Pediatric Sun Exposure
From recess and soccer games to days at the pool, our children spend a significant amount of times outdoors. During these times out in the sun, it is crucial to help protect them against damaging sun exposure.
The sun gives off invisible radiation called ultraviolet light, which is strong enough to break through the clouds even on an overcast day. These rays can harm your child’s skin and eyes, causing sunburns and even cataracts.
Fortunately, there are preventive measures you can take to prevent your child from sun exposure.
To prevent pediatric sun exposure in all children besides infants, first, apply sunscreen. Then apply sunscreen again. Use a sunscreen with an SPF of at least 15 anytime your child is going to be in the sun. To make sunscreen most effective, apply it a half hour before going outside and reapply it throughout the day if needed.
For extra protection, use sunglasses, hats, umbrellas, and clothing that covers your arms and legs.
Infants and sun exposure
An infant’s skin is thinner and more sensitive to UV rays, risking more serious damage. Sunburns can cause fever and dehydration, or redness. The best protection for infants against the sun includes hats, infant sunglasses, blankets, and covers or sun shields on the stroller.
Be cautious with sunscreen as most sunscreen products have not been tested on infants. If you do decide to use a sunscreen, be sure to test it first on your baby’s wrist and watch for a reaction.
Treatment of sunburns
Even with preventive measures in place, there is still a chance that your child will experience a sunburn at some point in his or her childhood. If your child experiences a sunburn, here are several measures you can take to help the healing process and reduce pain:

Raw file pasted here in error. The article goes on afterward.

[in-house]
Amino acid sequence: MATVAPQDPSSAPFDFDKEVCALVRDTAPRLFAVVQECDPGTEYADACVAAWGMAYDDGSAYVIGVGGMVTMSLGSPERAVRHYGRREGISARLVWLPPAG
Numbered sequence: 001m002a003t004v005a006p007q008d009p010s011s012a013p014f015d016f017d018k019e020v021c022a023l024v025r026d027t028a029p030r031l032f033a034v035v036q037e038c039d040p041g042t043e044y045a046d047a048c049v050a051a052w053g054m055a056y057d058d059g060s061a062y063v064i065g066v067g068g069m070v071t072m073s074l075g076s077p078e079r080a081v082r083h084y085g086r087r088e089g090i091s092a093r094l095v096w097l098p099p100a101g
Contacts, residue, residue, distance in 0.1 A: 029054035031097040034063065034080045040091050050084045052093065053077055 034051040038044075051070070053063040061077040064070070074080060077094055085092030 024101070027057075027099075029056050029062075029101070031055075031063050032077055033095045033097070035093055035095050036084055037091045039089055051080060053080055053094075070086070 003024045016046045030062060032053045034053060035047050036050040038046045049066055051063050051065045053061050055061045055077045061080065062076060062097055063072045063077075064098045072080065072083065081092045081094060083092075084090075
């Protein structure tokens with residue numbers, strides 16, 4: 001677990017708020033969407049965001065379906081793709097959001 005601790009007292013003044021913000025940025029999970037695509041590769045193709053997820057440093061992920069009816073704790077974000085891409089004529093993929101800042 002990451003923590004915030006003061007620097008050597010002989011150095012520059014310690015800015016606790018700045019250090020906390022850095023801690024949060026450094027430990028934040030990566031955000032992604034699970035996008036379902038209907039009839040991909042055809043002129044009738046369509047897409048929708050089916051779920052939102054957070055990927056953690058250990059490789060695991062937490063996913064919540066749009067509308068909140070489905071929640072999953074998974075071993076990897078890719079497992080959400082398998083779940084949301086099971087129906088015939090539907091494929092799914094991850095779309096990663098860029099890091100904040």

- Give cool baths and apply compresses: A good place to start with sunburns is to give your son or daughter a cool bath. You can also apply cool compresses (e.g. ice pack, washcloth, etc.) throughout the day. For additional skin soothing relief, try adding two to three tablespoons of baking soda to the bathwater.
- Avoid creams, ointments, and sprays: Think twice before using soap, ointments, or butter directly on a sunburn, which can exacerbate the pain. You should also avoid using any of the usual first-aid creams and sprays as they contain chemicals that may actually cause more pain.
- Use ibuprofen or acetaminophen: To reduce inflammation, give your child ibuprofen (Advil® and Motrin®) or acetaminophen (Tylenol®) rather than aspirin. Don’t be alarmed when the burned skin begins to peel off, which usually happens after about a week.
Contacting your pediatrician
In most cases you do not need to consult with your pediatrician about a sunburn. However, if your child is complaining of eye pain, has a fever, or if their sunburn becomes infected you should call your child’s pediatrician.
© 2018 Intermountain Healthcare. All rights reserved. The content presented here is for your information only. It is not a substitute for professional medical advice, and it should not be used to diagnose or treat a health problem or disease. Please consult your healthcare provider if you have any questions or concerns.